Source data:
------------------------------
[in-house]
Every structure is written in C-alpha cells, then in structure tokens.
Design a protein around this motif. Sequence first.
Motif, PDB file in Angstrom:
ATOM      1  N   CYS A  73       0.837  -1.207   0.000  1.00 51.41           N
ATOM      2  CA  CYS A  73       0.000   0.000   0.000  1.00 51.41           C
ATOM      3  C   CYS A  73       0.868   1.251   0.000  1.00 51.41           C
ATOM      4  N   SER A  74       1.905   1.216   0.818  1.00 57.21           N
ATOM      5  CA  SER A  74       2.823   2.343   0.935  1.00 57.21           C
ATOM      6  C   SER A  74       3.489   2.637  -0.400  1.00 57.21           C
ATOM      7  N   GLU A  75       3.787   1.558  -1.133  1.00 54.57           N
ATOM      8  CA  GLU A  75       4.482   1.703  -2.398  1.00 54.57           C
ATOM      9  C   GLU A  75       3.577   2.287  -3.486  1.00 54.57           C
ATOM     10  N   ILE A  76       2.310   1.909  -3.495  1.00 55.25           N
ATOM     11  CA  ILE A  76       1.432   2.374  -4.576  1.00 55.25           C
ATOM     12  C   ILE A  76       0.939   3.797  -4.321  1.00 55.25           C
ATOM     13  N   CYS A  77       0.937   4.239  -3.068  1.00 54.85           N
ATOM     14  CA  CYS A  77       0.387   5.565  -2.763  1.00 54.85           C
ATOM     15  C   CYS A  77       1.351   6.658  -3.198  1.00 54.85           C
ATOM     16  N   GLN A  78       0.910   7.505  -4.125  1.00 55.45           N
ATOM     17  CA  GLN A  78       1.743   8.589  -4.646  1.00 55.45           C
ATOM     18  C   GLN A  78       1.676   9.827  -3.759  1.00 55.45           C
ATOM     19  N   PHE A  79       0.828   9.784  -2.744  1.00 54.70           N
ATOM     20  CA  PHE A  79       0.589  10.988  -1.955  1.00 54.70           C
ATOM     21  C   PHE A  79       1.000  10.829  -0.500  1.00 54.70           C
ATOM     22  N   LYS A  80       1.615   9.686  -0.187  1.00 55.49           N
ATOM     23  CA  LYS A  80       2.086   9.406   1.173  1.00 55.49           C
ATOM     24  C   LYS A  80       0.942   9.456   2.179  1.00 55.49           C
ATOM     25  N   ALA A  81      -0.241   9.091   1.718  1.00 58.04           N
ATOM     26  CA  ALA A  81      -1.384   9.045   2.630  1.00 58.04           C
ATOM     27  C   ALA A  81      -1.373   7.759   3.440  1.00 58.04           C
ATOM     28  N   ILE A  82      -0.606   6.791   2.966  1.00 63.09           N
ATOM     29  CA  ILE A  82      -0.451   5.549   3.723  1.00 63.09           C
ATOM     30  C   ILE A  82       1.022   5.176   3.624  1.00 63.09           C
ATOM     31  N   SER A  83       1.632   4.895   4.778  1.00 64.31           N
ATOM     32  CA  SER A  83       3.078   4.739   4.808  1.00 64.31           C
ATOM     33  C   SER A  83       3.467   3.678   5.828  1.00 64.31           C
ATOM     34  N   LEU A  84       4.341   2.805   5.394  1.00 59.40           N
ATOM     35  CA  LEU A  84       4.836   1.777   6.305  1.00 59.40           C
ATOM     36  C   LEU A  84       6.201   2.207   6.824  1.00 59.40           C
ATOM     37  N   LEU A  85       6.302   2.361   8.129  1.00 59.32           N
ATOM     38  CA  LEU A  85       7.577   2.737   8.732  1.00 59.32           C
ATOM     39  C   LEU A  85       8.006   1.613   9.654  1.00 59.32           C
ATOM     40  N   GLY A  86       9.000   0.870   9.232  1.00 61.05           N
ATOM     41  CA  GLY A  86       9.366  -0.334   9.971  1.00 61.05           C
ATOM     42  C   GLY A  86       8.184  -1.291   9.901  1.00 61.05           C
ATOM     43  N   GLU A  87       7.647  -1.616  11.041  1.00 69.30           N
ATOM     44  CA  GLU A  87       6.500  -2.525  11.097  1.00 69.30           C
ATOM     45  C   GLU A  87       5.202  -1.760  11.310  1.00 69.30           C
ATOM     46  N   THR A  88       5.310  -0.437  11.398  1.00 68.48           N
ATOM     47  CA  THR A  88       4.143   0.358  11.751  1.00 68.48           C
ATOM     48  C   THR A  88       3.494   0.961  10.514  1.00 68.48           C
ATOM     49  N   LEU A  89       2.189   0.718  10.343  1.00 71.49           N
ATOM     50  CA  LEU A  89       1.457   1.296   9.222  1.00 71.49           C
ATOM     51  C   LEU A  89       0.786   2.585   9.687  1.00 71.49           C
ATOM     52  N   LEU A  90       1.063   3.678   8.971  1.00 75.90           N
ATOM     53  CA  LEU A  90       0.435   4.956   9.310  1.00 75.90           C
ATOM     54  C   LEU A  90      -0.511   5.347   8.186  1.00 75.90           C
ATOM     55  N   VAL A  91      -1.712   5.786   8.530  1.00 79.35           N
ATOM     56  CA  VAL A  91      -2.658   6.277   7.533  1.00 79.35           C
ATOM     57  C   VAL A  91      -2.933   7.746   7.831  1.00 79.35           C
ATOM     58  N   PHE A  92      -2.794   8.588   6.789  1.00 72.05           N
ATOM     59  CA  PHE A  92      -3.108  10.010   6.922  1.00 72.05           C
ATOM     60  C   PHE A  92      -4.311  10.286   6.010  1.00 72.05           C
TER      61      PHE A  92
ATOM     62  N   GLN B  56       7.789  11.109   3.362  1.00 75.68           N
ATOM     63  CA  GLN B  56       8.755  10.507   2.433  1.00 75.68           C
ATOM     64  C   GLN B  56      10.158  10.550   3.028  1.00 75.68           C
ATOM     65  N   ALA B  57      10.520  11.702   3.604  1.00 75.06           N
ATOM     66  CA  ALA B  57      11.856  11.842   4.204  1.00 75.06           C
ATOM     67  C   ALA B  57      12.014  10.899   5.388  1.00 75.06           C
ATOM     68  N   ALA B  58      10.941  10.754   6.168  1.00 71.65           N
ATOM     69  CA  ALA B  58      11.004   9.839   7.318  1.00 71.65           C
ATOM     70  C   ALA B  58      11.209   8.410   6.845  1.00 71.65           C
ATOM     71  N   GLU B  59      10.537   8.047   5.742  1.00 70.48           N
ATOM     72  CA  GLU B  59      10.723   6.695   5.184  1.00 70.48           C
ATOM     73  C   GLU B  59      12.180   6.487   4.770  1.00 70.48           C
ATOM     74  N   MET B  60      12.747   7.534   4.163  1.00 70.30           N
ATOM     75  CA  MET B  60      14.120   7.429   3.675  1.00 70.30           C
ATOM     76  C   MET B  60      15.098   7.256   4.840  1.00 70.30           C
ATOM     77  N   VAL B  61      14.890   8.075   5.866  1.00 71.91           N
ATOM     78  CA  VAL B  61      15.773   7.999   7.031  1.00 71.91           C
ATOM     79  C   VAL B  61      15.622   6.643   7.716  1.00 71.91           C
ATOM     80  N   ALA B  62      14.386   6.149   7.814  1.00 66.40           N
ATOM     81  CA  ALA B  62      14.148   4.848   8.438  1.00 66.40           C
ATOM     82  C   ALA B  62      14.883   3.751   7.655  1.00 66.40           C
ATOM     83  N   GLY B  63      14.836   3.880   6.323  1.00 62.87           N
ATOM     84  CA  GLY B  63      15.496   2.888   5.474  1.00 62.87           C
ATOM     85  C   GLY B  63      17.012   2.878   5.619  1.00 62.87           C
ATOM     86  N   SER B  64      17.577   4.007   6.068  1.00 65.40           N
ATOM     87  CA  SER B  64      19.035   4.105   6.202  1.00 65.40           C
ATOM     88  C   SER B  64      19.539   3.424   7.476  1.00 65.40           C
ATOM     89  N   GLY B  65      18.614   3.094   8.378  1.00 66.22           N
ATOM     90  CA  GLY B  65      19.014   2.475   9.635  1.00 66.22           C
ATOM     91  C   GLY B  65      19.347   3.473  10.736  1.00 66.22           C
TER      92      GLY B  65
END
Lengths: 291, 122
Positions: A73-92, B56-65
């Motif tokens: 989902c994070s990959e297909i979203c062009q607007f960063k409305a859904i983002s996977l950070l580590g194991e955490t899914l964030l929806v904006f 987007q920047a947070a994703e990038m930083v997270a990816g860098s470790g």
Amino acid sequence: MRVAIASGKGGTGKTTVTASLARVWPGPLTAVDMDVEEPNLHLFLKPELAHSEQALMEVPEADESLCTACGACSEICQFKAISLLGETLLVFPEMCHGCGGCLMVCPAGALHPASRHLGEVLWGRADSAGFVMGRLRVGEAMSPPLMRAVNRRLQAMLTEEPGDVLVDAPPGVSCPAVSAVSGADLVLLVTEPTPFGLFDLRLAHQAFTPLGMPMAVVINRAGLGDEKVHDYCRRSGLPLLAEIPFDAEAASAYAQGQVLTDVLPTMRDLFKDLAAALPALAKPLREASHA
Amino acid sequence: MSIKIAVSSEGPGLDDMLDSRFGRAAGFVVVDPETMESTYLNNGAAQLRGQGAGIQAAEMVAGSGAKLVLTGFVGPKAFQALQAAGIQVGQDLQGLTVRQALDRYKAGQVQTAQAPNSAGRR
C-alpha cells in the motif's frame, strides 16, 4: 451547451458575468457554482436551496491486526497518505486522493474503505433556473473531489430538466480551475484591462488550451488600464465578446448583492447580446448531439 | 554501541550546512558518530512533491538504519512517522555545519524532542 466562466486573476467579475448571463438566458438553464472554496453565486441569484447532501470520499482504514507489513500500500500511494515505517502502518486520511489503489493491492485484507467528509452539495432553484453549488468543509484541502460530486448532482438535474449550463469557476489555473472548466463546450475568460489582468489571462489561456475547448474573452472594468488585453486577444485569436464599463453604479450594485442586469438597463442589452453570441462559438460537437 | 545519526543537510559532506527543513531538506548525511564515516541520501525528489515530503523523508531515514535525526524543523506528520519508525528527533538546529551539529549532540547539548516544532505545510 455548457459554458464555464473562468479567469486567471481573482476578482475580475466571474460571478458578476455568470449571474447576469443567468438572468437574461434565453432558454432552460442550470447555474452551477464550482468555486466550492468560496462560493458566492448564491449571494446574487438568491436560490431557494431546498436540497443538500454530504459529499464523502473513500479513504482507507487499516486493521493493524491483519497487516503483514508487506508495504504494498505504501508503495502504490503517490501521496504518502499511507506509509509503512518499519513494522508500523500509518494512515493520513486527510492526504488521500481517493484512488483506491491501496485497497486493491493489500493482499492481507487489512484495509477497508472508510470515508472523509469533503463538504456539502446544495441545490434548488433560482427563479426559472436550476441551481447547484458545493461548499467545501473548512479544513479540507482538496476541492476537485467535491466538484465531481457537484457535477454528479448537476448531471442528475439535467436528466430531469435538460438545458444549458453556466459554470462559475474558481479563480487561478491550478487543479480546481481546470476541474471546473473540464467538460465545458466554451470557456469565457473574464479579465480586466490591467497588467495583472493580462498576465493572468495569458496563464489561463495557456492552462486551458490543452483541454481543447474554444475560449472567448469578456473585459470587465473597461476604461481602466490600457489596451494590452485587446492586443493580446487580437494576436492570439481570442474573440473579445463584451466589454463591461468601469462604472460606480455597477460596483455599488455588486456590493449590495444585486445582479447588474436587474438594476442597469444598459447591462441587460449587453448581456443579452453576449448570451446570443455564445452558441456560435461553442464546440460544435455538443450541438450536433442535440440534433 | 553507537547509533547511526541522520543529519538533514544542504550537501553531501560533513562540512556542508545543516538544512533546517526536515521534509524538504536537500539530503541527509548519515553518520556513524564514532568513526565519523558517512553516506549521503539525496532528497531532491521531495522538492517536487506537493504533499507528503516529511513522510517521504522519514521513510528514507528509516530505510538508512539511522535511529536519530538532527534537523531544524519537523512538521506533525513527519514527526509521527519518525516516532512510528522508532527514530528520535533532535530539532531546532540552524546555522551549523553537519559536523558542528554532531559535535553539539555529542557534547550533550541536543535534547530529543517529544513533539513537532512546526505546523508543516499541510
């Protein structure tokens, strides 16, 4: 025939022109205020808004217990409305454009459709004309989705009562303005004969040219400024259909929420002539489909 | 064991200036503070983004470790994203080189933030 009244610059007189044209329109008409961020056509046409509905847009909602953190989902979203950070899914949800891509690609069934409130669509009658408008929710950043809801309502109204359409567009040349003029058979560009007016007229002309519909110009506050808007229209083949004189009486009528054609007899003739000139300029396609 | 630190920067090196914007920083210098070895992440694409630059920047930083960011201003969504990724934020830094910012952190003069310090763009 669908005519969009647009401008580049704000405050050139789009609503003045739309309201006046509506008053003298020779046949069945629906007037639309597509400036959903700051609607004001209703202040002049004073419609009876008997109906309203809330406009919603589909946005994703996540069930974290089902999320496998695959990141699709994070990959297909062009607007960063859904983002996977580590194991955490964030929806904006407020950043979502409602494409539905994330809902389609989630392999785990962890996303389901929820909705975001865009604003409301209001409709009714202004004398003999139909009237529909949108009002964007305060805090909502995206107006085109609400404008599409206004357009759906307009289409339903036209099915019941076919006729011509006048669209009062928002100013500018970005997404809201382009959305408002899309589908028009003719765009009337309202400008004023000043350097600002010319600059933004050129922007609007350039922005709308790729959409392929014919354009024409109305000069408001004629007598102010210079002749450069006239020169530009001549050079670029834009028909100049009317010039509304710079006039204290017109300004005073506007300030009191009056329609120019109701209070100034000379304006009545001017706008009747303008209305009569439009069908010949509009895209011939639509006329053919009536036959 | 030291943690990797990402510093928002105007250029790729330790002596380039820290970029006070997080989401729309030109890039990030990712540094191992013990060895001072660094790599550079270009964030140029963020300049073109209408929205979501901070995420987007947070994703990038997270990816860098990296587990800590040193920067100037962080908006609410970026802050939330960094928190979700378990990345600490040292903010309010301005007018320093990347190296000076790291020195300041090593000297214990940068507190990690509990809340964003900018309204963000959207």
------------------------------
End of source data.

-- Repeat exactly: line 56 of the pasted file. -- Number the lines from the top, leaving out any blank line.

ATOM     52  N   LEU A  90       1.063   3.678   8.971  1.00 75.90           N